From civilization to savagery in God of Carnage | Theater | Indy Week

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From civilization to savagery in God of Carnage

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In their earlier attempts to leaven their seasonal diet of comedies, cabarets and musicals with a little red meat for the carnivores in the audience, Theater Raleigh/Hot Summer Nights frequently revisited ground already well covered in the region, with shows such as Proof and Oleanna. But in two regional premieres last year, we saw an appreciable upgrade in their annual iron supplement: a notable December production of Tracy Letts' August: Osage County after a summer showing of David Mamet's scathing Race.

That trend continues this season with one of this company's most accomplished shows to date. In the area premiere of God of Carnage, director Richard Roland confidently navigates the choppy waters in Yazmina Reza's Tony award-winning 2008 script, leading a quartet of well-seasoned regional actors through the extremities of its dark social satire.

In it, two upper-class couples, the Raleighs and the Novaks, have agreed to meet over espresso and clafoutis after their two kids, Henry and Benjamin, fought in a playground. Benjamin, the Novaks' kid, lost two teeth in the scuffle.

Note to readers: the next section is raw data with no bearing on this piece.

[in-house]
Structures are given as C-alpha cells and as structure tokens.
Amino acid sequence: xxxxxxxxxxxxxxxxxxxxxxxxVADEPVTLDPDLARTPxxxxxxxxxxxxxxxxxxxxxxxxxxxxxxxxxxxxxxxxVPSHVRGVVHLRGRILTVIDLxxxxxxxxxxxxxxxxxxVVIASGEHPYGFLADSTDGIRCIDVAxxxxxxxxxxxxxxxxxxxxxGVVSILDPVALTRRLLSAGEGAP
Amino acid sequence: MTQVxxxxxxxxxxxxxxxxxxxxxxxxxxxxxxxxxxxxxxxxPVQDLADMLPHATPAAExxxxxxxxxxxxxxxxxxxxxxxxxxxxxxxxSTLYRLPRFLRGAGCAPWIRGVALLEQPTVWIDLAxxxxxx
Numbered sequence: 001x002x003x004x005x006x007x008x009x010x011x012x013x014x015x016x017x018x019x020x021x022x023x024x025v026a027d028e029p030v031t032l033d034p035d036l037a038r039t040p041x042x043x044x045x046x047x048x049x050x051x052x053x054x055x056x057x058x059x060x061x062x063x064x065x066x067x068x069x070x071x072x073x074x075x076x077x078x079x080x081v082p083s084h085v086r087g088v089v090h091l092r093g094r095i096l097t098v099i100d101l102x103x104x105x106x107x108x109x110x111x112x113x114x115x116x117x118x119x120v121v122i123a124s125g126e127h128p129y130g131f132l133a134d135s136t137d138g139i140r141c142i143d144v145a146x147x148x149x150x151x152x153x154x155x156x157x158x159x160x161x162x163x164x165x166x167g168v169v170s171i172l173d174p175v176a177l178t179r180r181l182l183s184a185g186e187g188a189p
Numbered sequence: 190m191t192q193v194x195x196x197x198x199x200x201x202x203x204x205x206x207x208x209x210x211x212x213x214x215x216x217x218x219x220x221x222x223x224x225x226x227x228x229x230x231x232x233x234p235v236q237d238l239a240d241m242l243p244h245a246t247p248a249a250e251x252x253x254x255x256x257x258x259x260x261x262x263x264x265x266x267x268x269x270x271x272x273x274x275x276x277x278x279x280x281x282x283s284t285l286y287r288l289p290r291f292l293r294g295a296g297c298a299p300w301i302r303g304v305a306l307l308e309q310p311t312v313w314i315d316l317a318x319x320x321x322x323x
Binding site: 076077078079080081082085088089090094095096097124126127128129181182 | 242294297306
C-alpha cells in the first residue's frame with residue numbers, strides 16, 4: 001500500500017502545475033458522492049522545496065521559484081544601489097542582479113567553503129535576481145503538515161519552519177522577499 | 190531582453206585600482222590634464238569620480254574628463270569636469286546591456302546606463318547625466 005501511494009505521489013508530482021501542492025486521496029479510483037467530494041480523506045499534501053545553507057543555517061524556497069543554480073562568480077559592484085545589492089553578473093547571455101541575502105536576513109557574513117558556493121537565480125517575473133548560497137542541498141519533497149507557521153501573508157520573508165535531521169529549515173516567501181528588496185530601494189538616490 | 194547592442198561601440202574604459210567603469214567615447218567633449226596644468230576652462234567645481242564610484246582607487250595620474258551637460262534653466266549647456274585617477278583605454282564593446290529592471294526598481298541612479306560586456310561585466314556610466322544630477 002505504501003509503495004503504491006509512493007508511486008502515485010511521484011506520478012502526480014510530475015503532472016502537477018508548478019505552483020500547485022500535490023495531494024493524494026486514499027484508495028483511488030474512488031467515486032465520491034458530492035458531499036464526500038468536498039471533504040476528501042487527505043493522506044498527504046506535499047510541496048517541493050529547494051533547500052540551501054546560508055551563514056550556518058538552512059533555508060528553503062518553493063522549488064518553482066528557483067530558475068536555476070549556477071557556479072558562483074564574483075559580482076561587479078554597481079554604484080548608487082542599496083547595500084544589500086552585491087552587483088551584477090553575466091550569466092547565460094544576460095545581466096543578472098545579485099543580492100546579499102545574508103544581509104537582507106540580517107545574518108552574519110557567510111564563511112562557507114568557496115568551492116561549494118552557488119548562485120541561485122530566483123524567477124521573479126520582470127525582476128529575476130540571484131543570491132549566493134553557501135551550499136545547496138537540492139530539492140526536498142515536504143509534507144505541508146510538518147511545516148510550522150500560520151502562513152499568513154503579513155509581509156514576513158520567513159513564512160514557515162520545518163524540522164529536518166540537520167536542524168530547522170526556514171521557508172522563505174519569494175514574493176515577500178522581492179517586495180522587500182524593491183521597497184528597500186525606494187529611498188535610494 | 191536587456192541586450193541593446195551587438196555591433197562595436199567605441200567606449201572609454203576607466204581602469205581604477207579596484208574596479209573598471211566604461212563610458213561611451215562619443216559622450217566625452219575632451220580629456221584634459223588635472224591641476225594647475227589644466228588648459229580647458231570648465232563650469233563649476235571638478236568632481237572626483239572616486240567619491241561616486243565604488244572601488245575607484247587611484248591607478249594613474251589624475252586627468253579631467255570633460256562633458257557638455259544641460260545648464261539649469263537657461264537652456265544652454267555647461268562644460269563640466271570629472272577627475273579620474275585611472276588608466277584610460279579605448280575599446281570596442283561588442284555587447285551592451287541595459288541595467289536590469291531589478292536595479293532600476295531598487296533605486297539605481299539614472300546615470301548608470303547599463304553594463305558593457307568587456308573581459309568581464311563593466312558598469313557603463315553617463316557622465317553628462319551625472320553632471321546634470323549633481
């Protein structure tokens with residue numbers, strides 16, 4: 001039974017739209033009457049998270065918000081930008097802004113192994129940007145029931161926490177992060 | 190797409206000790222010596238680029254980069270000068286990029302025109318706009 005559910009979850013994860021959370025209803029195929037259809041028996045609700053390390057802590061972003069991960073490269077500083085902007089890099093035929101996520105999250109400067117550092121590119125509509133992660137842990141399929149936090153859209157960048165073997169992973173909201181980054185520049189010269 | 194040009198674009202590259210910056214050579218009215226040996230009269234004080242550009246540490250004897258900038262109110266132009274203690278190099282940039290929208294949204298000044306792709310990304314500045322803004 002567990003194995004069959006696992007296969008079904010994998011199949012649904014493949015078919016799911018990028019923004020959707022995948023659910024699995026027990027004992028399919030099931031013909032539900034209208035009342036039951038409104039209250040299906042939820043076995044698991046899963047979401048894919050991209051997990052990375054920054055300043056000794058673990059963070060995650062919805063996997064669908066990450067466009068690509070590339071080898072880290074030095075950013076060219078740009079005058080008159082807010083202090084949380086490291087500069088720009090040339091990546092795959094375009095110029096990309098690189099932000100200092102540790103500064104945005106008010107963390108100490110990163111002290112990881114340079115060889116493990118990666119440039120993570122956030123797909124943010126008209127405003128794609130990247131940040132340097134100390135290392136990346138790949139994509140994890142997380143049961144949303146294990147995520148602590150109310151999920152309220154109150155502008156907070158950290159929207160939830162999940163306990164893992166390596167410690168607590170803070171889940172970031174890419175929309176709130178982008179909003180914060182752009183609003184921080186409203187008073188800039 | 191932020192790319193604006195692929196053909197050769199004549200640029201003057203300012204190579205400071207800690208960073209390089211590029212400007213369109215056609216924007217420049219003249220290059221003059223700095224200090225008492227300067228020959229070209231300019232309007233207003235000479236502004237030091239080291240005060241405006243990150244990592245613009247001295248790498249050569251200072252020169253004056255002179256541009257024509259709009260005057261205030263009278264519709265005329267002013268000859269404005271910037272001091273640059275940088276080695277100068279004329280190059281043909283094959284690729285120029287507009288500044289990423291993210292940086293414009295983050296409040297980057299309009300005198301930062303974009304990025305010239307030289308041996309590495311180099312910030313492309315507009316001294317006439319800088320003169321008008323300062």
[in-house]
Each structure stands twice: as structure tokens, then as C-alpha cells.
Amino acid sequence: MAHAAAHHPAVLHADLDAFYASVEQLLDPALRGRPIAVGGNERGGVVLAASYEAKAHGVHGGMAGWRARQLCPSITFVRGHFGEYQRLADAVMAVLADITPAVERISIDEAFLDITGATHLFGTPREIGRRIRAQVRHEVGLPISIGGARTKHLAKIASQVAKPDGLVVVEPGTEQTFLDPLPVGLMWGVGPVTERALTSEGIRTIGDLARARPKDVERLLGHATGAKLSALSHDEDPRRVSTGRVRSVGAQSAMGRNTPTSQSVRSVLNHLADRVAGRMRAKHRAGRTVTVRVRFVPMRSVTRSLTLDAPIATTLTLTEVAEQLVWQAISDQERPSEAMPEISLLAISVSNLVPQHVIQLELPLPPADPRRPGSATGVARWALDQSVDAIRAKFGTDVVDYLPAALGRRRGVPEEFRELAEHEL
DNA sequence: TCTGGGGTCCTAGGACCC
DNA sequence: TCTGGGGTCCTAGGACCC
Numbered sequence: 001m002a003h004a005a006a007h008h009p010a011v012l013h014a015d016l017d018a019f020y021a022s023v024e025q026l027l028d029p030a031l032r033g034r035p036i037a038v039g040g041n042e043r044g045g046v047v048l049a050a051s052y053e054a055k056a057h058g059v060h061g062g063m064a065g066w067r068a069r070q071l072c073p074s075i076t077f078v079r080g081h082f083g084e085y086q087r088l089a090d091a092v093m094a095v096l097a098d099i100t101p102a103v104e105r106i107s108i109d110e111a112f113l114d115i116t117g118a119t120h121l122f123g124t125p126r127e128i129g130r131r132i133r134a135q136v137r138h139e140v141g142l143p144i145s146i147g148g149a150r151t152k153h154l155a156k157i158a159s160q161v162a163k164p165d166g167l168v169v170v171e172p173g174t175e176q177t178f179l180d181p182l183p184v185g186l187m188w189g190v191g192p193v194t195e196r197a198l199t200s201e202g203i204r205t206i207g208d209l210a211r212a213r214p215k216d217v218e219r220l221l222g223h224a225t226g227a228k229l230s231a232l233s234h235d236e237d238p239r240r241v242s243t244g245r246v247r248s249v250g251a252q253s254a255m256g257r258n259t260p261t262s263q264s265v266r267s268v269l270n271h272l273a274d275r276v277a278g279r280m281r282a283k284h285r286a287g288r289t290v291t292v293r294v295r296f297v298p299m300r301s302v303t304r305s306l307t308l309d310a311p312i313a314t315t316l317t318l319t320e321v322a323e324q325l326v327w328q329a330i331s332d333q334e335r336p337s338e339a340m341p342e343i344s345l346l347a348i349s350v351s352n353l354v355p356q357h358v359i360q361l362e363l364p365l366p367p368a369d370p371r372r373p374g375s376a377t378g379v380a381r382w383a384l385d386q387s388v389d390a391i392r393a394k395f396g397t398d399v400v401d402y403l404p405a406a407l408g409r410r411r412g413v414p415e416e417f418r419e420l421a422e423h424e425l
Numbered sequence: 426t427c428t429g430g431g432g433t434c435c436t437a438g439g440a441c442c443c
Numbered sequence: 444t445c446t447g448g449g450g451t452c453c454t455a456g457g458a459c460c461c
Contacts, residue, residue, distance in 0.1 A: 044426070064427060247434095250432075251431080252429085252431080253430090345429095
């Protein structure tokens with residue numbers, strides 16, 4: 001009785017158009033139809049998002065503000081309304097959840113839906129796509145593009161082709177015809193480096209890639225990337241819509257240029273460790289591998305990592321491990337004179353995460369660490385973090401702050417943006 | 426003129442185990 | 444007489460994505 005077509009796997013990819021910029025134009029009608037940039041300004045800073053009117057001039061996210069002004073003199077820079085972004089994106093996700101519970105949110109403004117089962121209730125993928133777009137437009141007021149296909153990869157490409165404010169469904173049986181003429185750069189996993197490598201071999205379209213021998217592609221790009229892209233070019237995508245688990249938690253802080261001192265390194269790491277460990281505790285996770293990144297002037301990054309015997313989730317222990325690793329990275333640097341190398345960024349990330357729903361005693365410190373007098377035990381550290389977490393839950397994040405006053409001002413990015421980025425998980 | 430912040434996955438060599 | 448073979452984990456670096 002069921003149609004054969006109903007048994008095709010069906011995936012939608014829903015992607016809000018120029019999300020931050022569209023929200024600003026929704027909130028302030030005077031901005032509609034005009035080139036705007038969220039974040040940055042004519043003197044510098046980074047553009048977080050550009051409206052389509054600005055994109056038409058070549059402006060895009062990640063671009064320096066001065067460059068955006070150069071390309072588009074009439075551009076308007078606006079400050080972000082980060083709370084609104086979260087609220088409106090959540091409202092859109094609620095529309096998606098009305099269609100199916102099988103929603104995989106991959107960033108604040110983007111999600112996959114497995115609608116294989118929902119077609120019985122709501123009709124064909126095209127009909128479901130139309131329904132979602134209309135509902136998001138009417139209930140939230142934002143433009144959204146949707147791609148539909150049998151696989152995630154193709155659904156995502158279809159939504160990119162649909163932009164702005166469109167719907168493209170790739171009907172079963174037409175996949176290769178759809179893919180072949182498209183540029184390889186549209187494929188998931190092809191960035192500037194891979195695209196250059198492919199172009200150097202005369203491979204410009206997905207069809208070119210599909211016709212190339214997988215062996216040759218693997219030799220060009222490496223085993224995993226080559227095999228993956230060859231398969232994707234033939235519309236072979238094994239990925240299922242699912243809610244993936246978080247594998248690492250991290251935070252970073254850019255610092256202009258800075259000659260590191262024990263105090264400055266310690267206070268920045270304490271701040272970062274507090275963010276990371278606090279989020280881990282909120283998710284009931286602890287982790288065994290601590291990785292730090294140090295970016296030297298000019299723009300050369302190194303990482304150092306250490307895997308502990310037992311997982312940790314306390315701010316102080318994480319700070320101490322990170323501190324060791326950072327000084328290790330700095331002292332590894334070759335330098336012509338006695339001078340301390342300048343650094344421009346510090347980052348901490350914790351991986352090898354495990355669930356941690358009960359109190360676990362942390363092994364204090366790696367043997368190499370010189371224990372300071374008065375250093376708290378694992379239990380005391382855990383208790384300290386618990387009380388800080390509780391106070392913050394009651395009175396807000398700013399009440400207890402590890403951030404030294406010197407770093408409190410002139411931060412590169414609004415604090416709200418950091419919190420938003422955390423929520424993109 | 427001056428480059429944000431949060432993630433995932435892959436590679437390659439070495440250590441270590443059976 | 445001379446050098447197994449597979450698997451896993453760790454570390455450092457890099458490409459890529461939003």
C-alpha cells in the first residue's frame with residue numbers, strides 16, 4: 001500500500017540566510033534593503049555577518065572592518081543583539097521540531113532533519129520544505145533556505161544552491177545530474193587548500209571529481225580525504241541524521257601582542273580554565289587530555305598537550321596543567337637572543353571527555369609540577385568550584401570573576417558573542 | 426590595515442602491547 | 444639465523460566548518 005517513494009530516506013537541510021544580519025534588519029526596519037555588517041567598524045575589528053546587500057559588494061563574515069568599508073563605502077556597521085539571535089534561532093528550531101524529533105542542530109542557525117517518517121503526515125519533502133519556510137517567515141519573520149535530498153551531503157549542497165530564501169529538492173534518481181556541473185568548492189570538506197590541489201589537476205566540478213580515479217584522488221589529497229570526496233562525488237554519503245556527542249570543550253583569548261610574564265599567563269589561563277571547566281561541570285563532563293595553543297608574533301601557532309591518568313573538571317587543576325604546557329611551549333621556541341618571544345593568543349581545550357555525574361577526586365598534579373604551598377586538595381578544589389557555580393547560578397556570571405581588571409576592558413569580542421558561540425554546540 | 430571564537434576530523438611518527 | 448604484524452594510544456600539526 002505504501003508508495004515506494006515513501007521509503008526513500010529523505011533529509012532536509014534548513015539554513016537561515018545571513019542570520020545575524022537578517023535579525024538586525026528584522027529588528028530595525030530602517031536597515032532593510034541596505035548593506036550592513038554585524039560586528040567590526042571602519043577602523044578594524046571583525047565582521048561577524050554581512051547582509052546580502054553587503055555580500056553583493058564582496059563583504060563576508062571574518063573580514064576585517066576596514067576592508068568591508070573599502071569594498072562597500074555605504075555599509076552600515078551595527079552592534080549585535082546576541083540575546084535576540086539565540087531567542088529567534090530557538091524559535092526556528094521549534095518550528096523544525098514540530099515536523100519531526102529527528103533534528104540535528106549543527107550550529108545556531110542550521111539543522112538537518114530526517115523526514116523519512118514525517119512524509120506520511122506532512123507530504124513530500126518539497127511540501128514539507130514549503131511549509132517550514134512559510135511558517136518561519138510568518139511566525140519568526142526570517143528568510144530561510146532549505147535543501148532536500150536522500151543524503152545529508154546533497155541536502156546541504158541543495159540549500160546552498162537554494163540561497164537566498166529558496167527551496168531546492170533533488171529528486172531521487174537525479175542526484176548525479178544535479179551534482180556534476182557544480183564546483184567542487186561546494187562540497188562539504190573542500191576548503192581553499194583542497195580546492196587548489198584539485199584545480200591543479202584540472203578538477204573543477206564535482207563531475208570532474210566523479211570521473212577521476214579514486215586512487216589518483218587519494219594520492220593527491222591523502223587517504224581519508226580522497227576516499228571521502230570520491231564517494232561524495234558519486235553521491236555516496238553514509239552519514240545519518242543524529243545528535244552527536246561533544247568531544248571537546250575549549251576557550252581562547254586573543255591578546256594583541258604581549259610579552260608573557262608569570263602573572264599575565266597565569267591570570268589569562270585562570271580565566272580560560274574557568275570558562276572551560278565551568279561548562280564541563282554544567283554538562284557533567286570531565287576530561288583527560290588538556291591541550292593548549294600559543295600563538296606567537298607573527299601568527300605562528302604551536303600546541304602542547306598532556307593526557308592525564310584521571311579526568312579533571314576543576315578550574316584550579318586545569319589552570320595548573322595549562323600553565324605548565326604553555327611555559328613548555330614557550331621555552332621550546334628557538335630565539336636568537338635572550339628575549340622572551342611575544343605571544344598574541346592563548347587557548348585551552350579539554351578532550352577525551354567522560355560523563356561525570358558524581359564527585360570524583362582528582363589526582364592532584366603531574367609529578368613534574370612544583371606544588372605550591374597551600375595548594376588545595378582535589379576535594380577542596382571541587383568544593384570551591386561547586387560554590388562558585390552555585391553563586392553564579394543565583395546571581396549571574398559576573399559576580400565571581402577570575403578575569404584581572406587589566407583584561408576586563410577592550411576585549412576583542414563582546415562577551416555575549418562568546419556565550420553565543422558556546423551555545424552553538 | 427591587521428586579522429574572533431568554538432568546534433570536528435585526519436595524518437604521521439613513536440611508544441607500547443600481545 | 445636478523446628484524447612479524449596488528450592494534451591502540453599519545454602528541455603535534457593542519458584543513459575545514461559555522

Veronica Novak is a writer, working on a book about Darfur; husband Michael heads a wholesale firm. Alan Raleigh is an attorney for a pharmaceutical company, while wife Annette is in wealth management. Such civilized company can surely exchange views and resolve any differences without getting stuck, in Veronica's words, "down some emotional cul-de-sac."

Actually, don't go betting on that. Whether it's the caffeine, the high-proof liquor decanted shortly thereafter, or something far more shadowy in this volatile mix of testosterone, estrogen, ideals and rarely stated but non-negotiable bottom lines, civilization quickly and humorously devolves in this tony living room.

Where we expect the group to fracture along family lines, Reza surprises us. "Madam, our son is a savage," Alan bluntly states, casting cold water on Veronica's desire for an organic and educational détente between the two children.

Allegiances unexpectedly change several times as the values of each character in turn become the subject of debate. The women look askance at what the men consider normal childhood rites of passage. At a number of moments, exactly who and what is considered civilized tilts and turns as the rum flows and old grievances in both marriages are relitigated.

The discerning turn Dana Marks gives Veronica in the early innings dissolves into boozy remonstrance, while, as her husband, Greensboro-based Michael Tourek slowly unleashes his inner Neanderthal in the role the late James Gandolfini played on Broadway. The subtle superiority Derrick Ivey affects in his role as Alan morphs into something else as matters descend. Julie Fishell, who more than suggests a Catherine Deneuve character in LeGrande Smith's costume and coiffure, shows us a woman whose cool sophistication slips and falls, revealing a less attractive truth.

By the end of this razor-sharp work, more than a room is trashed. So are a number of these characters' most carefully guarded illusions—and maybe one or two of ours as well. This meeting of text, direction, performances and design earns our highest recommendation.

This article appeared in print with the headline "Beast in show."

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